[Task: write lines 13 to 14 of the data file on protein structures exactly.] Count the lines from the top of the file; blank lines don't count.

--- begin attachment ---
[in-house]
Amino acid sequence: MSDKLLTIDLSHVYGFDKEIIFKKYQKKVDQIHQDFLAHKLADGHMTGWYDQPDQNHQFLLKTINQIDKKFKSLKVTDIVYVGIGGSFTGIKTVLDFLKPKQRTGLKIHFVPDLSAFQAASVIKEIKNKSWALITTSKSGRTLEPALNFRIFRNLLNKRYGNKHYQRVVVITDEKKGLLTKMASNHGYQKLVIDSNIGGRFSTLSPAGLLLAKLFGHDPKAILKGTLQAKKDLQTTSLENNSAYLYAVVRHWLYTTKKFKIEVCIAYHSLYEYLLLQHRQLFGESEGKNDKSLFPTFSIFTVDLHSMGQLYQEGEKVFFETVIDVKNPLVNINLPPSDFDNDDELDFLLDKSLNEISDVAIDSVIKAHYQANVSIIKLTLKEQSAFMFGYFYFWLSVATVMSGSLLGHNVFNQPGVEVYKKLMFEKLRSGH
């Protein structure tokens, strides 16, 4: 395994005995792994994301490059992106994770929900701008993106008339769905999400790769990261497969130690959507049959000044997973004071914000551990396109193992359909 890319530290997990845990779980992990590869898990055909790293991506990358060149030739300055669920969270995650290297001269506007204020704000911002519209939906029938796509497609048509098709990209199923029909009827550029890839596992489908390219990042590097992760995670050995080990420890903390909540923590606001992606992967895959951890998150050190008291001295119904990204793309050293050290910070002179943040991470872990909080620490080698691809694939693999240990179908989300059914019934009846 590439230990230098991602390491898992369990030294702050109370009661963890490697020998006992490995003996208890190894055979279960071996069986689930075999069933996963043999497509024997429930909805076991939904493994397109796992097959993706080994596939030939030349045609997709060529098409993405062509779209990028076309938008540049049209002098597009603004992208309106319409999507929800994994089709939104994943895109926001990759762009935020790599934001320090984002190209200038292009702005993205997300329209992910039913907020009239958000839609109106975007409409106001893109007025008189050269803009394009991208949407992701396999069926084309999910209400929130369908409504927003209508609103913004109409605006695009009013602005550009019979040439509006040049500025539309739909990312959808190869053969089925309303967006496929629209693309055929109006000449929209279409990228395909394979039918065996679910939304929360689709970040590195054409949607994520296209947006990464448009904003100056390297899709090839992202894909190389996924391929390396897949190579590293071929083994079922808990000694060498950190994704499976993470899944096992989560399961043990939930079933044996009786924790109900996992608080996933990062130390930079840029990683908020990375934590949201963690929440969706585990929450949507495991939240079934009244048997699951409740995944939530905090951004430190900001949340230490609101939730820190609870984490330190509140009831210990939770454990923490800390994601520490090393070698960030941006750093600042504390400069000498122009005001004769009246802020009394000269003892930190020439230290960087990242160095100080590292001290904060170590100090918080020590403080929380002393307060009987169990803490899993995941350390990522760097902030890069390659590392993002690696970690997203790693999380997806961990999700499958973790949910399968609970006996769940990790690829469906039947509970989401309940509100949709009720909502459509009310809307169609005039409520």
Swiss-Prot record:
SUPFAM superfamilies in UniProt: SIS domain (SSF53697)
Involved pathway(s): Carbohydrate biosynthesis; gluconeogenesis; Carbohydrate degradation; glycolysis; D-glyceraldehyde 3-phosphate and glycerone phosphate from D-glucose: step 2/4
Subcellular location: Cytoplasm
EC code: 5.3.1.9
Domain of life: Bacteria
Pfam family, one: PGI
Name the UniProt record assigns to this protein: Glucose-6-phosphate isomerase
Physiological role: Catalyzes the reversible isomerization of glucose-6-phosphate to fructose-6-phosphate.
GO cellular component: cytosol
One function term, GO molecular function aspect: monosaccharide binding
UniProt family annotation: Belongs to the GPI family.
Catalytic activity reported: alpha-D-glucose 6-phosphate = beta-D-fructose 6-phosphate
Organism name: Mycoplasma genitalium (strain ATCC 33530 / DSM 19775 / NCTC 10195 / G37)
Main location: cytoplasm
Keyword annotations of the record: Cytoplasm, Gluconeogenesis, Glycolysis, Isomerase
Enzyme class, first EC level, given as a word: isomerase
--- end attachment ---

GO cellular component: cytosol
One function term, GO molecular function aspect: monosaccharide binding